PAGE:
I turned 55 last August and decided a number is only that. A number is a line on a dial, a grasp at definition, a point from which all relativity must flow. For some, it may be an attempt to characterize one’s personality. For me, two quarters and a nickel doesn’t mean I have to dress more sedately, cut my hair, drive slower or work less. But this post isn’t a crank that 55 is the new 35 because I know my back didn’t go out when I lifted a stock pot of turkey broth after Thanksgiving when I was 35. I also don’t care how old people think I am. My Facebook profile states 1907 as the year I was born. I wasn’t being coy; I did it because it places me in my Grandmother’s vintage. She was my mentor. She was cool before it was cool to be cool.
Grandma taught me that action is ageless and people cannot be confined by a number.
But 1907 was a year when life was slower, measured by routine and role, when people made plans for the future and bought tickets to travel months in advance. It was a year when people still read, listened to music for the pure enjoyment of hearing notes played, a time when discussion was rational and considered. There seemed to be more control of the direction life took.
Or so I imagine.
These days, we won’t make a decision to buy tickets to a show until a few days – and sometimes only a few hours – ahead of the curtain. We do not RSVP to a party, in case something better comes along. And when we do decide to attend, we tell the host, “We’ll be there around 6-ish.” It’s an unspecified yet acknowledged understanding that we may not show up at all, if suddenly we don’t feel like it.
We are in the age of “-ish.”
We can’t make up our minds, can’t commit, we will show up if there are no other options. Reading an entire newspaper article, much less an entire book, isn’t considered time-worthy unless we decide to read to completion of our own accord. We are informed by pundits that society in general has the attention span of a gnat. But there is more at play here to what might be seen as a knee-jerk reaction to the old ways of doing things.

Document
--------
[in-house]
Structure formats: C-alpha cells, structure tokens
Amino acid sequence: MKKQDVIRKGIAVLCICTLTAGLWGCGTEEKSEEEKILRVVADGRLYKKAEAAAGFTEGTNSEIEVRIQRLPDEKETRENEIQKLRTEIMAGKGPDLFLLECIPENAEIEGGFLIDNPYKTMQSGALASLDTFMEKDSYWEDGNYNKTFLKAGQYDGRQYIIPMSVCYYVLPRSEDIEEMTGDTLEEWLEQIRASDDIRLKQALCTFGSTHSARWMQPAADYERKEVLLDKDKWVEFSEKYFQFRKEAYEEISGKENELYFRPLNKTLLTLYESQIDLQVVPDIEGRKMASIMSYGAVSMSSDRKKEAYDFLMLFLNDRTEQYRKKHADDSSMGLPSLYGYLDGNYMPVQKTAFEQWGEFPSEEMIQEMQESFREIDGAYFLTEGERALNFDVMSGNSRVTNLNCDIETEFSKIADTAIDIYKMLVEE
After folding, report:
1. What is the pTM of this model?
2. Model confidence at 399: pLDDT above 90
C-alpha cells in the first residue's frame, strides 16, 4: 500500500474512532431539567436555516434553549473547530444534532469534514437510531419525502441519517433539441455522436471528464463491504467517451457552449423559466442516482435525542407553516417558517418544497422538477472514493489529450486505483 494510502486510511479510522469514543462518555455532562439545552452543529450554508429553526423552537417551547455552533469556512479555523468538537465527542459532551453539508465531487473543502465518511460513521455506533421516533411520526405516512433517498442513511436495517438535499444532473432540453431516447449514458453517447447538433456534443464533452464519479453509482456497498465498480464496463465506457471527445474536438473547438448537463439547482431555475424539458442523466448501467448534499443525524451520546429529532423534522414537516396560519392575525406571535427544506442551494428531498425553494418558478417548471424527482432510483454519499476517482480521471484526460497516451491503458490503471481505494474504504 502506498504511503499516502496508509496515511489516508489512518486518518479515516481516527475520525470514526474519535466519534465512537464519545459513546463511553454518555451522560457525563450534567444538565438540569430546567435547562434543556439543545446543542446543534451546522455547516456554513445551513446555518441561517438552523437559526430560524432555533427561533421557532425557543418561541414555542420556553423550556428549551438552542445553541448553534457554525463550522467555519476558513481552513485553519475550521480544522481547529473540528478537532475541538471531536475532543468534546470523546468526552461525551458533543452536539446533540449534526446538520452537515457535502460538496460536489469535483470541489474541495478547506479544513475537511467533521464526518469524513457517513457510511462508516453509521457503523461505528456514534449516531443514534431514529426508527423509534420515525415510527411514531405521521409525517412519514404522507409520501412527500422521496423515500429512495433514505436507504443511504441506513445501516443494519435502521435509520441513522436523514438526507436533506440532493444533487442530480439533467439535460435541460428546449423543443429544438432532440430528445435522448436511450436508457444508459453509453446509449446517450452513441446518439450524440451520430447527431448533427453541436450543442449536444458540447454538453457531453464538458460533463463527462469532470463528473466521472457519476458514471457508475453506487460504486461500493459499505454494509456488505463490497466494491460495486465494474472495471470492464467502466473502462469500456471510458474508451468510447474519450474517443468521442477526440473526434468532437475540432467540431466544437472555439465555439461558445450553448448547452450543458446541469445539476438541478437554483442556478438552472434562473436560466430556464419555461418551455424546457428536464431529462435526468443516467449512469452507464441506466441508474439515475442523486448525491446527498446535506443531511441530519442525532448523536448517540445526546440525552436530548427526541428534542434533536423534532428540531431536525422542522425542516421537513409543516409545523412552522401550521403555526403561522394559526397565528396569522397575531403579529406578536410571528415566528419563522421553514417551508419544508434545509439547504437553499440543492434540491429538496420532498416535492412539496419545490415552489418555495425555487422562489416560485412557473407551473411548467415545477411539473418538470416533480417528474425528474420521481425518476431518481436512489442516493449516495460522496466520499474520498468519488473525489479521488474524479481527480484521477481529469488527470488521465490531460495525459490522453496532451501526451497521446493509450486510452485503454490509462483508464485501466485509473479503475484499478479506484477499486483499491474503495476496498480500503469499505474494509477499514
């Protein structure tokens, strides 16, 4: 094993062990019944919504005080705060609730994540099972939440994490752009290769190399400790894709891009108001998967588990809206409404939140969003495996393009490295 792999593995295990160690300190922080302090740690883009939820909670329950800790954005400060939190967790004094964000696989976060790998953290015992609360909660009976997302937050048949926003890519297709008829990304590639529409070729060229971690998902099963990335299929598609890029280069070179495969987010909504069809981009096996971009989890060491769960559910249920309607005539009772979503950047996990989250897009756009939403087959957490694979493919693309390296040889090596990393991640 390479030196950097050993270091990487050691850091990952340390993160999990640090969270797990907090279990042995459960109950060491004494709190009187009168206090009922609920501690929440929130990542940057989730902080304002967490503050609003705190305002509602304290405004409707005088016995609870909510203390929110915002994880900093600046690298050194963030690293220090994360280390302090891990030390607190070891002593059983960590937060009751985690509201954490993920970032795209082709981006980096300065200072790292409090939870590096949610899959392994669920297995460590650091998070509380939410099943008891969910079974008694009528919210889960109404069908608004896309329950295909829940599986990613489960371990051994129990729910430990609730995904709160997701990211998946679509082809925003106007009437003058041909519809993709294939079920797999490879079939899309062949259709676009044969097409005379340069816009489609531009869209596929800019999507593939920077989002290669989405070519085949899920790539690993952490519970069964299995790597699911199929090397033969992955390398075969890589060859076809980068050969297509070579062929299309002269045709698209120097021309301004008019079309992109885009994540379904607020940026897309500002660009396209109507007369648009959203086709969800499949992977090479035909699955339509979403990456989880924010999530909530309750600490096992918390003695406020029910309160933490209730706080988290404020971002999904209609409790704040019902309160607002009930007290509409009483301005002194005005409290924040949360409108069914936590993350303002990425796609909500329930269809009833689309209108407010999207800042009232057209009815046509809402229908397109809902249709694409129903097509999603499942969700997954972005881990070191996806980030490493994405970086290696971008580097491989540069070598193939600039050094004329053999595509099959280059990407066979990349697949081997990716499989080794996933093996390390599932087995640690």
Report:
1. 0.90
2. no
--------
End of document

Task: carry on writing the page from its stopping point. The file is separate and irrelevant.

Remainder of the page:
Our inability to commit is pushback to being told there is only one way to achieve a goal.
An example of this is drinking wine.
Wine, as you know, is one of those beverages with lots of rules attached. Unlike water, Pepsi or milk, you first must cross an age threshold in order to purchase it. Once a wine bottle is legally in hand, there are many more hoops to jump through if you mean to embark on a lifelong odyssey of correctly enjoying mature grape juice.
There are words about “nose,” “body” and “legs,” and we sip, taste and ponder the miracle of transfiguration that necessarily must have occurred for a fruit to take on human attributes. We consider how a liquid can be described as “dry.” There are rules about glassware, rules about temperature and rules about what foods must be paired with which color grape product because those in charge tell us we want to be drinking our wine wisely.
Master of Wine, Tim Hanni, has used his considerable wine expertise to “un-pair the wine pairing” requirement, finding personal taste preferences to be a better driver of wine and food enjoyment. In other words, Hanni advises people to drink what they like based on flavor profiles that create a “cause and effect of flavor interactions” which operate to change the impression of a wine. He uses as an example red meat:
The part about red meat and red wine . . . it’s not the meat that makes the wine delicious. It’s simply the salt that makes the wine taste mild.
Why You Like The Wines You Like, Tim Hanni (HanniCo LLC, 2013)
The point is that no one’s mouth contains the same tastebuds. You can make any dish taste good with wine, depending on the acid or salt you add to the food preparation.
It’s an enlightening concept in an age when we feel so circumscribed by rules that we elect to disregard them all.
Maybe we are in the age of “-ish” because we have so many possibilities yet believe we have so little control.
But suppose we were to drink what we like, live without boundaries, do what we believe is the right thing for the causes we care about? Would we be less likely to adopt the -ish mode of heel-dragging if we began to tread the path of thinkers and therein become questioners and reasoners? And if we can accept that no one wine tastes the same to another, we might agree that no one person has the same purpose and drive. In accepting this concept, we gain an understanding of other ways of looking at the same picture.
If that is something we can commit to, how much wider might the whole world be.
Award-winning author Emily Kemme writes about human nature, illuminating the everyday in a way that highlights its brilliance. Follow her on her blog, Feeding the Famished, https://www.facebook.com/EmilyKemme, or on Twitter @EmFeedsYou . Life inspired. Vodka tempered.
Interested in reading Emily’s new award-winning novel, Drinking the Knock Water: A New Age Pilgrimage? Find it on Amazon and in Indie bookstores.
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